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Nailed It: Hawks, Brackett and Wayne!   Leave a comment

Hey all! I have another Nailed It! Guest Blog for you this week, this time coming from my long time partner in crime Little Sam! Who is of regular size, but still smaller than me.  He tells us about what makes a perfect movie for him  – Atomic Sam

JW

The talk of Star Wars, Instant Netflix, and the idea of the perfect film have gotten me thinking. Thanks, Sam… you jerk!

In fairness, Spam pitched the Nailed It! series.  So blame him too! – AS

Firstly, I should mention that I like Westerns and John Wayne Westerns in particular. I grew up on them and credit them with much of my paleo-conservative blood-lust. The perfect John Wayne movie for me has to be a Western and it has to be of a very specific genre:

With the help of a widow with a questionable past, John Wayne and three sidekicks hold up in a jail with their prisoner waiting on the US Marshall/Cavalry until one of them is captured by the bad guys and they must make a prisoner exchange.”

That IS a specific genre! –AS

While The War Wagon, Hondo, The Train Robers, Big Jake and maybe a dozen others contain elements or are attempts at a variation on this, three films set the standard:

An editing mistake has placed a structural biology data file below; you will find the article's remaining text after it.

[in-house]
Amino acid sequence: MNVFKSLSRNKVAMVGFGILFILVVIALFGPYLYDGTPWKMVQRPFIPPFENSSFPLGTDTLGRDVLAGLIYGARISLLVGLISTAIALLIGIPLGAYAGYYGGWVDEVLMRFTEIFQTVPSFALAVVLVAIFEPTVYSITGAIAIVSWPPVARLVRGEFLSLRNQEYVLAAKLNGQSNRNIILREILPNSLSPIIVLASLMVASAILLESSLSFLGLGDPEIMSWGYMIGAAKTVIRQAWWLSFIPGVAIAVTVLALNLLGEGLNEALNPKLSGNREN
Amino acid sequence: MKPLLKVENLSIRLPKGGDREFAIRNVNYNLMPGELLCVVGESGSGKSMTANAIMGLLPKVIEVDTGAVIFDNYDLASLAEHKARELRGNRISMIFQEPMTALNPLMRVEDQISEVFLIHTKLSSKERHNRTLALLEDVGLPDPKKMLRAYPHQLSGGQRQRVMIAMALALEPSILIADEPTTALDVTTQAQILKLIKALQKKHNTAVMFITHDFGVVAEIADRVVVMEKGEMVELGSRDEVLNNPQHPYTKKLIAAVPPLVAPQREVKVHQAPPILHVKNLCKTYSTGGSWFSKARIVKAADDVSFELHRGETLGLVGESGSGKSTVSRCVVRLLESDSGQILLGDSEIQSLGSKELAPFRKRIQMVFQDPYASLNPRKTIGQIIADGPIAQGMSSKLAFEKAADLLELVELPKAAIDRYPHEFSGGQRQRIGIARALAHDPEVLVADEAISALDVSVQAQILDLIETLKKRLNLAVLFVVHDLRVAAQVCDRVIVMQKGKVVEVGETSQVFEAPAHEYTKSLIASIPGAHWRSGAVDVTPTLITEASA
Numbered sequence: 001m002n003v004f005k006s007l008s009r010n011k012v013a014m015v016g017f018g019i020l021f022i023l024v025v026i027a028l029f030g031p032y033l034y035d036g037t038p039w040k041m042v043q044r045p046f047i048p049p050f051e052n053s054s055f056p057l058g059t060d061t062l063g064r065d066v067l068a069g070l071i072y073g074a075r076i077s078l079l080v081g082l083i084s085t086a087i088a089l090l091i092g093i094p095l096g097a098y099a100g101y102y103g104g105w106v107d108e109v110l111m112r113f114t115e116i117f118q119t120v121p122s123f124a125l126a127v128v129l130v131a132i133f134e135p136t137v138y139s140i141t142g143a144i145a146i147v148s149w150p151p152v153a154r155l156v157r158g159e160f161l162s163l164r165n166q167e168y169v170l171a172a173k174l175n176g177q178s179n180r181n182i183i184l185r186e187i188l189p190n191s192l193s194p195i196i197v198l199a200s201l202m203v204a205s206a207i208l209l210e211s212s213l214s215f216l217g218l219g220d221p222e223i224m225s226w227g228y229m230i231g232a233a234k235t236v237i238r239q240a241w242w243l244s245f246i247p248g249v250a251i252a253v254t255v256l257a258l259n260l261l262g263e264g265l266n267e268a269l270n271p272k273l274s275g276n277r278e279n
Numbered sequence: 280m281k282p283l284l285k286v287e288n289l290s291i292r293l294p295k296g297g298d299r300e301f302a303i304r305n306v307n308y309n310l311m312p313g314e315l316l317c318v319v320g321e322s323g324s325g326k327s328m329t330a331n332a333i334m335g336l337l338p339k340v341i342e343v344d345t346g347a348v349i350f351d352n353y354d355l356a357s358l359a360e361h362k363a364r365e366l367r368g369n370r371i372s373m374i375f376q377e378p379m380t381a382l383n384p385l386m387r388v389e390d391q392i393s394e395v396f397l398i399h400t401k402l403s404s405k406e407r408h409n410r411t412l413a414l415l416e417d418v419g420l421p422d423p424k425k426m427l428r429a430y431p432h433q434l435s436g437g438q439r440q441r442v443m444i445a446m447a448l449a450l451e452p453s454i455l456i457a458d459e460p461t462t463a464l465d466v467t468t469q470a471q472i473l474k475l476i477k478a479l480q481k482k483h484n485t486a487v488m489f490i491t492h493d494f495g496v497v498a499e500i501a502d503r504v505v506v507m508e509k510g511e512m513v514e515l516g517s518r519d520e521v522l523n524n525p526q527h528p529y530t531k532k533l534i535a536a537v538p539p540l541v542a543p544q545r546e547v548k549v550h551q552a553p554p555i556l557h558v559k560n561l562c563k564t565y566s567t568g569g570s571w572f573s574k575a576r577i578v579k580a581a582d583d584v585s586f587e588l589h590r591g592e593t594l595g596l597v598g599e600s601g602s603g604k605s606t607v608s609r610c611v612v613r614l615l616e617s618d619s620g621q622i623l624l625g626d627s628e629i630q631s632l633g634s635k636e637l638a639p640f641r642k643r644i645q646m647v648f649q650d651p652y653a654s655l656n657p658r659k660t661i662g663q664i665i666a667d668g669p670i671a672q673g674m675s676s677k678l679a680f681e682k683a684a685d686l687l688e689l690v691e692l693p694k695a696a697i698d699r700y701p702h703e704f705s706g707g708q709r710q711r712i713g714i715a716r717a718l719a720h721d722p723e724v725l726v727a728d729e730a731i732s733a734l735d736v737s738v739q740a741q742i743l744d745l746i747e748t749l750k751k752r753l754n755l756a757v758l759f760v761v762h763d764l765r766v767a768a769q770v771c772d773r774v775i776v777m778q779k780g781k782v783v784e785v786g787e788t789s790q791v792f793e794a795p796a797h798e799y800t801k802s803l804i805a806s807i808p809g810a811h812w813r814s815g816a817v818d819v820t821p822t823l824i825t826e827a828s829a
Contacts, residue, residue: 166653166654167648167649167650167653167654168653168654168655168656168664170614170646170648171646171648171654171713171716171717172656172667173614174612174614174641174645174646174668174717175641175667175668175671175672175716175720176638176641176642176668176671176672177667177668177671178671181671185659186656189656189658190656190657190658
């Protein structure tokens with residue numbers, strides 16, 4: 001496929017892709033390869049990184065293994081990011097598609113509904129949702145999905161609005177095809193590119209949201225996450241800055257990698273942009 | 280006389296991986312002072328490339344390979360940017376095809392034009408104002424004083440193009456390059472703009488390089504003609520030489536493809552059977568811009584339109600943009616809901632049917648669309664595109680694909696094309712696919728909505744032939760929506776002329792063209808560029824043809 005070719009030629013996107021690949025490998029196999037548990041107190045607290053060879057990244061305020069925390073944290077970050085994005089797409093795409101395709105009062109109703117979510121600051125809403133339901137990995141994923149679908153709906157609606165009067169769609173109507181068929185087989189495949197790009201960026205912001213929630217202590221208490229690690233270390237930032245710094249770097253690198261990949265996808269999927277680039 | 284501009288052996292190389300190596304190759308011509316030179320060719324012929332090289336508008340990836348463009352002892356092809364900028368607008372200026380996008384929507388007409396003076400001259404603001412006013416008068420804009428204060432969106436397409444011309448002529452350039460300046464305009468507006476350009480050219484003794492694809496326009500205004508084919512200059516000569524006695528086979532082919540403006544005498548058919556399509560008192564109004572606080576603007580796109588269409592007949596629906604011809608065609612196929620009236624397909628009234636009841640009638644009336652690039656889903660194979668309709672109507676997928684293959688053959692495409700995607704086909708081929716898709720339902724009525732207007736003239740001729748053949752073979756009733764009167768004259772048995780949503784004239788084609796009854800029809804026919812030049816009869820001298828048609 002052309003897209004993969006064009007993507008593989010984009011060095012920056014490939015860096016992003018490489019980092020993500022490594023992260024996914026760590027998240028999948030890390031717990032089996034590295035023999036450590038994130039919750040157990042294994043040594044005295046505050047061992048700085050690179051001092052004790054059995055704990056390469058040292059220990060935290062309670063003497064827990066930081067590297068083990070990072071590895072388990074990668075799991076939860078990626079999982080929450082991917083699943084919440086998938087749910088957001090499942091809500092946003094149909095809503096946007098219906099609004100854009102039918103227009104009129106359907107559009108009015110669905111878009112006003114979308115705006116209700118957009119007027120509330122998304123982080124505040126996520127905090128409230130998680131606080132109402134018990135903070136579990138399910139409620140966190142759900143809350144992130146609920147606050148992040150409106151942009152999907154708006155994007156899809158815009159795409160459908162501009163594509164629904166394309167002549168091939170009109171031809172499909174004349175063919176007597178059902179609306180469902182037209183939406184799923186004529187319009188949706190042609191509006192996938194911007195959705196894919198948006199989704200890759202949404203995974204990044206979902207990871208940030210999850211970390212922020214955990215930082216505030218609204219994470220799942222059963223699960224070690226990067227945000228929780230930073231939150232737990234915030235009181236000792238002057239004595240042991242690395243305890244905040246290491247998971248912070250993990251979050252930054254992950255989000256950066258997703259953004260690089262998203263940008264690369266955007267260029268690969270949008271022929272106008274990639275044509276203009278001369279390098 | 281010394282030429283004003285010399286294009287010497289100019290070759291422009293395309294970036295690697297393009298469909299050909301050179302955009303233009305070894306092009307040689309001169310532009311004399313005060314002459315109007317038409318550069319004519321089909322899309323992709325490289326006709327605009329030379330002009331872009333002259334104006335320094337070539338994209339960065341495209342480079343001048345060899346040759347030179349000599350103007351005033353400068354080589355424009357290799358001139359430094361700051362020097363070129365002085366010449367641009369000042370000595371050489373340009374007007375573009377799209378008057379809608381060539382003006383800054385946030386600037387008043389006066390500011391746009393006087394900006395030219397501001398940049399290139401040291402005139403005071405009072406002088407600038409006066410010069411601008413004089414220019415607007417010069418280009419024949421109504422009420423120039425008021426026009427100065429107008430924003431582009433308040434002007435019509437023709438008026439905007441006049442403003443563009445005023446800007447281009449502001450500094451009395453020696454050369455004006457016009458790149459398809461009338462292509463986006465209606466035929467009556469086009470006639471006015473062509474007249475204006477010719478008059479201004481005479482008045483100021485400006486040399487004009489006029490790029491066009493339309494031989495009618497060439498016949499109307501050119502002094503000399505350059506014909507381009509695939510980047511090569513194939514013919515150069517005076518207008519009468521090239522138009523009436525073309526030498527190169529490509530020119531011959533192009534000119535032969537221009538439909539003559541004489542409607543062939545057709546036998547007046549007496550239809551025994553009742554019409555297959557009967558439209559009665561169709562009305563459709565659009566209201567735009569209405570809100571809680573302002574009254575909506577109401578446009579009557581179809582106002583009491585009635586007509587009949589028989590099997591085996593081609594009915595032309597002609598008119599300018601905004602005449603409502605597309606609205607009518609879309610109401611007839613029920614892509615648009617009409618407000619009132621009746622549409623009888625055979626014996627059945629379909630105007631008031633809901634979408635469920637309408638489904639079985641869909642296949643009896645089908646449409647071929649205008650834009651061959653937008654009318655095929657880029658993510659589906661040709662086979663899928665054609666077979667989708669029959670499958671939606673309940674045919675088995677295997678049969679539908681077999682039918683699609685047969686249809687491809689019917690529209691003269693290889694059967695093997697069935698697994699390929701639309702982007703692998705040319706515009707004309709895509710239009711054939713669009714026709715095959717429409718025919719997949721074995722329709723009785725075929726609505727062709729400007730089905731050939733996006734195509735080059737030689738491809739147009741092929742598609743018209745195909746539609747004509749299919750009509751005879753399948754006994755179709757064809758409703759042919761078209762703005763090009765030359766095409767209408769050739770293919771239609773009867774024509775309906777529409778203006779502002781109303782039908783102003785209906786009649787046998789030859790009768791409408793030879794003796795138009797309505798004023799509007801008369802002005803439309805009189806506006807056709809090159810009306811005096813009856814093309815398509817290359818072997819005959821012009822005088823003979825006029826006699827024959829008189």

220px-RiobravoposterRio Bravo (1959)
220px-El_Dorado_(John_Wayne_movie_poster)
El Dorado (1966)
220px-Rio_Lobo_1970
and Rio Lobo (1970)

All were produced and directed by Howard Hawks, written by Leigh Brackett (from different source materials) and stared John Wayne. The cast is always different but all feature a drunk, an old coot, a brunette widow and a young-kid-who-can’t-stay-out-of-trouble.  Hell! Wayne is even using the same gun and wearing the same buckle in all three!

Rio Bravo is good but El Dorado is the perfect telling of that tale. But, that didn’t stop the team from trying again with Rio Lobo Rio Lobo was Leigh Brackett last film with either Wayne or Hawks. Brackett’s last film, which she died before completing, is  The Empire Strikes Back (I told you this was about Star Wars).

And now for Little Sam’s thoughts on perfection (or lack there of) in film:

Whether it is Rothko and the Seagram Murals or Roddenberry and Star Trek the artist often exists in a war with the audience for control. While most modern creators seek to create a perfection it is often in the perfect that we (the audience) find the most satisfaction. Film nerds in particular are notorious for finding joy in imperfections. Whether it is Han’s “I know” line or the car in the distance of a shot of LOTR, we take sick glee in the unplanned or erroneous. These errors tend to add to the appreciation rather than detract.

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Posted February 20, 2013 by atomicsam in Guest Posts, Nailed It

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